Not surprisingly, collisions between cyclists and large trucks typically result in the most catastrophic outcomes. For example, local news reports described a harrowing accident between an Indiana cyclist and a dump truck. Law enforcement received reports of the bicycle accident around 12:45 p.m. When they arrived, they discovered that a dump truck rear-ended the 67-year-old bicyclist. The woman suffered several broken bones and a head injury. She was life-flighted to a hospital; however, she later died from her injuries. Police do not believe that alcohol or drugs were involved in the accident; however, the case is still under investigation.

A recent Indiana news report described the increasing rate of motorcycle accidents in the state. Reporters followed up with a woman whose father suffered serious injuries in a motorcycle accident last month. The man was riding his motorcycle with a passenger when an SUV driver slammed into his motorcycle. Authorities discovered that the woman was driving with a blood alcohol content of 0.205%. As such, they charged her with a Level 5 felony causing serious bodily injury when operating a vehicle. The hospital released the man into a rehabilitation facility; however, he is still experiencing brain bleeds.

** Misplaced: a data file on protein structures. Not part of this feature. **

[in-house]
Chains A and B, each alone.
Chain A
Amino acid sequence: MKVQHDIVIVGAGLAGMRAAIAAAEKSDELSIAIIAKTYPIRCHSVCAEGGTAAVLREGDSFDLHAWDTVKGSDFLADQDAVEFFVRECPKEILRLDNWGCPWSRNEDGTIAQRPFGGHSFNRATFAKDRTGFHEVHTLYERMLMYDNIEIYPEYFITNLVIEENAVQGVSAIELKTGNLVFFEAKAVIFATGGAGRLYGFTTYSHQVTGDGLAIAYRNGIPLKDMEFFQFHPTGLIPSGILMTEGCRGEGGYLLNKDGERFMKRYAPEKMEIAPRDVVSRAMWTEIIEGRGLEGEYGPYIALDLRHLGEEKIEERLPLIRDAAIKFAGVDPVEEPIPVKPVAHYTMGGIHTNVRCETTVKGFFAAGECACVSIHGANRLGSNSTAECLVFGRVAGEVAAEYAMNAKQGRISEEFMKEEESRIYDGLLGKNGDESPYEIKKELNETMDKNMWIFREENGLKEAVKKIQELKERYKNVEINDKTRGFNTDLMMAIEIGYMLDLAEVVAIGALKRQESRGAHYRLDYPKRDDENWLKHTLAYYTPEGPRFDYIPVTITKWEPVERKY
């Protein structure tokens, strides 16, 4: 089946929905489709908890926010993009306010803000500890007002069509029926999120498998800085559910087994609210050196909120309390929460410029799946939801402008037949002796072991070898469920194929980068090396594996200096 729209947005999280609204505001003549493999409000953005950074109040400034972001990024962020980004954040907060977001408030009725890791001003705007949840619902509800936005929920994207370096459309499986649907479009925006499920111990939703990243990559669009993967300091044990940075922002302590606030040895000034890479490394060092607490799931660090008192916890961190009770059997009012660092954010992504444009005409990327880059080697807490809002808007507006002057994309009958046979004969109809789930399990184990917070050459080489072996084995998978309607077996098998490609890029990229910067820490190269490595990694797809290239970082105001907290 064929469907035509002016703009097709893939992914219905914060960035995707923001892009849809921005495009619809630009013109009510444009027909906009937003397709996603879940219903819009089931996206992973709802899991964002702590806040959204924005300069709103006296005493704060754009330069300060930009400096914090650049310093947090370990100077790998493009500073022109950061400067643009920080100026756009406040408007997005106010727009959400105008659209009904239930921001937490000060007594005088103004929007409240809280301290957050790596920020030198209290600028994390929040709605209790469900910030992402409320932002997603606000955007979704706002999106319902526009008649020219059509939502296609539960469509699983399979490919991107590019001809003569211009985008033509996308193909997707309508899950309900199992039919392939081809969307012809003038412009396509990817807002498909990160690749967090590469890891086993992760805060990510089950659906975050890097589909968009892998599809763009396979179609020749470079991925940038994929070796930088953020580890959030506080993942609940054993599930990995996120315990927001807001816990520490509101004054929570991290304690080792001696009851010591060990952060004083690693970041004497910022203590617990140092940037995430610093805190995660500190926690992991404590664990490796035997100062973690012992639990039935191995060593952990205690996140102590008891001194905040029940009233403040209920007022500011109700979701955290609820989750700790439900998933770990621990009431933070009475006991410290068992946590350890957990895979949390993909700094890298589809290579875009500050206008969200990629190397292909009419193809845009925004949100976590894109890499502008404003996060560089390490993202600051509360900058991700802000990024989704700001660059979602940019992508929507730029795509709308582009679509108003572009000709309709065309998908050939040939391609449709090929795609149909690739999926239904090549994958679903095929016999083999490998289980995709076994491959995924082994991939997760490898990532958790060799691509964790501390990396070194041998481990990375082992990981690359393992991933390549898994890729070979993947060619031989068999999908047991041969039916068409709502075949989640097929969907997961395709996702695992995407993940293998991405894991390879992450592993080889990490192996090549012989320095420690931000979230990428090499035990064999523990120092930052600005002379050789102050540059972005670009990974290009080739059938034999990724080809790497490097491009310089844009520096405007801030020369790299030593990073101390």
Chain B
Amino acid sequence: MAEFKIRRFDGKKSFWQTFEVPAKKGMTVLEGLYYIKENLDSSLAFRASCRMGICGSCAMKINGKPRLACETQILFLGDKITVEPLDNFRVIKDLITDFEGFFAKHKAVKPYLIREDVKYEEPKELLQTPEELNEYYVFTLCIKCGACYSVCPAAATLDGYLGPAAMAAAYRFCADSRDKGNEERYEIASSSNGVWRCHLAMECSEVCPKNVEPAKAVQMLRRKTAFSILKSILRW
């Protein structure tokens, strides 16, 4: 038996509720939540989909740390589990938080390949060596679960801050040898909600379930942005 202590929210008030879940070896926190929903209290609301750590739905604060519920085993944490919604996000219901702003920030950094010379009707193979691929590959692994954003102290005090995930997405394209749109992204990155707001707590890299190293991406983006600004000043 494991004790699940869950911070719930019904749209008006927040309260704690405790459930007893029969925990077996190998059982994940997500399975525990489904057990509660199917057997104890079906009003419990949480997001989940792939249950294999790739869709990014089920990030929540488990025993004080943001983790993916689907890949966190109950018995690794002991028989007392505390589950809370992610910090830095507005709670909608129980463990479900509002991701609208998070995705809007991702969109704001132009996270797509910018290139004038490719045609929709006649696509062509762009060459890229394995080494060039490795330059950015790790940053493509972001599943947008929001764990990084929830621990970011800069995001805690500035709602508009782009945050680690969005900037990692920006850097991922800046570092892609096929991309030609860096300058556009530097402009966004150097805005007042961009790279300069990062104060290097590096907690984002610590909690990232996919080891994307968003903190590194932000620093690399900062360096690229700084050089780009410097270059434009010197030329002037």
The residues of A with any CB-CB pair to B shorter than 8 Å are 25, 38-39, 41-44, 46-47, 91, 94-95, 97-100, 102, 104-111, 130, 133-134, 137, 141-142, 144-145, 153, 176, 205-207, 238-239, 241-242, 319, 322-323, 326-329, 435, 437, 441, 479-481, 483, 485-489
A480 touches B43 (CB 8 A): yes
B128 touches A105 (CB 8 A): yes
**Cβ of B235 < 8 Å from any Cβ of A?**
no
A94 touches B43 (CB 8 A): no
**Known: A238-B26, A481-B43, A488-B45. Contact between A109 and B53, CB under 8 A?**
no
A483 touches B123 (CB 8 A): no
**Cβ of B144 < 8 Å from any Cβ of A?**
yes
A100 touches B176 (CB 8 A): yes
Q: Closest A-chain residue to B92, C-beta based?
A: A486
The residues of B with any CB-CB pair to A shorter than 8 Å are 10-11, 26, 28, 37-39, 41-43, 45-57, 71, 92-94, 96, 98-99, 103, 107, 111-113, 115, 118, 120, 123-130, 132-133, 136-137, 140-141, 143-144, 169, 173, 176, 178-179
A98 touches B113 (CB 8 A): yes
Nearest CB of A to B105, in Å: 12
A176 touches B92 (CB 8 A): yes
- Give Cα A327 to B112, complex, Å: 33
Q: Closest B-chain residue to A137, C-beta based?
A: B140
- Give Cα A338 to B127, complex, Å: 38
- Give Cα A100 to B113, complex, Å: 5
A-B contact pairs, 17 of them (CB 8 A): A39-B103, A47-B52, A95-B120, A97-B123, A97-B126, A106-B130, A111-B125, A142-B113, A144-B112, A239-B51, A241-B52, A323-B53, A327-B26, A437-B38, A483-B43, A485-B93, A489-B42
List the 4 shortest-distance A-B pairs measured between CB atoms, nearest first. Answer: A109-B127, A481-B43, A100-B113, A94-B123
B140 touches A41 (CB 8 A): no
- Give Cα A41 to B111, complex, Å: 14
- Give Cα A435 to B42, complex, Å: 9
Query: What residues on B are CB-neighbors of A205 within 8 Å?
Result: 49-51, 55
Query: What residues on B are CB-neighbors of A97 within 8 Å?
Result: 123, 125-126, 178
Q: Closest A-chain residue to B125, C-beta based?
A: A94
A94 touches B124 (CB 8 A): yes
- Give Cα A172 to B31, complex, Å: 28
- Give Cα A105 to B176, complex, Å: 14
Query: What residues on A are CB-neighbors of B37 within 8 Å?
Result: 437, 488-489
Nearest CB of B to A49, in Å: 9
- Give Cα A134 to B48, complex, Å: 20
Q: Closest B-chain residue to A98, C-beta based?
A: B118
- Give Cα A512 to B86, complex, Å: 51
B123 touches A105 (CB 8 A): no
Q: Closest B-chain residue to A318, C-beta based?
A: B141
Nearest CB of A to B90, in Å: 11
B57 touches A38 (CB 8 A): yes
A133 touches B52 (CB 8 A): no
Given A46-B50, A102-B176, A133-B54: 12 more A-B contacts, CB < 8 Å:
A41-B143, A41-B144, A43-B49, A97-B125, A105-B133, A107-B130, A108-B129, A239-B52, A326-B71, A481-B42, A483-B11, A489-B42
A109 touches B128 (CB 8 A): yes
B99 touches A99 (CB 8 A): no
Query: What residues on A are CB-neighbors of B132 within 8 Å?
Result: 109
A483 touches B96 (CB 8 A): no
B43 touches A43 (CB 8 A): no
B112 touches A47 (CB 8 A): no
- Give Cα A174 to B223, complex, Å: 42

That accident only adds to the harrowing number of serious motorcycle accident injuries and fatalities in the state. The Indiana Criminal Justice Institute and Bureau of Motor Crash and accident reports reveal that 138 motorcyclists suffered fatal injuries in an accident in 2020, up from 113 the prior reporting year. While motorcyclists account for less than 2% of crash data, they result in over 15% of all Indiana traffic deaths. The disparity in numbers highlights how dangerous motorcycle accidents tend to be for riders and passengers.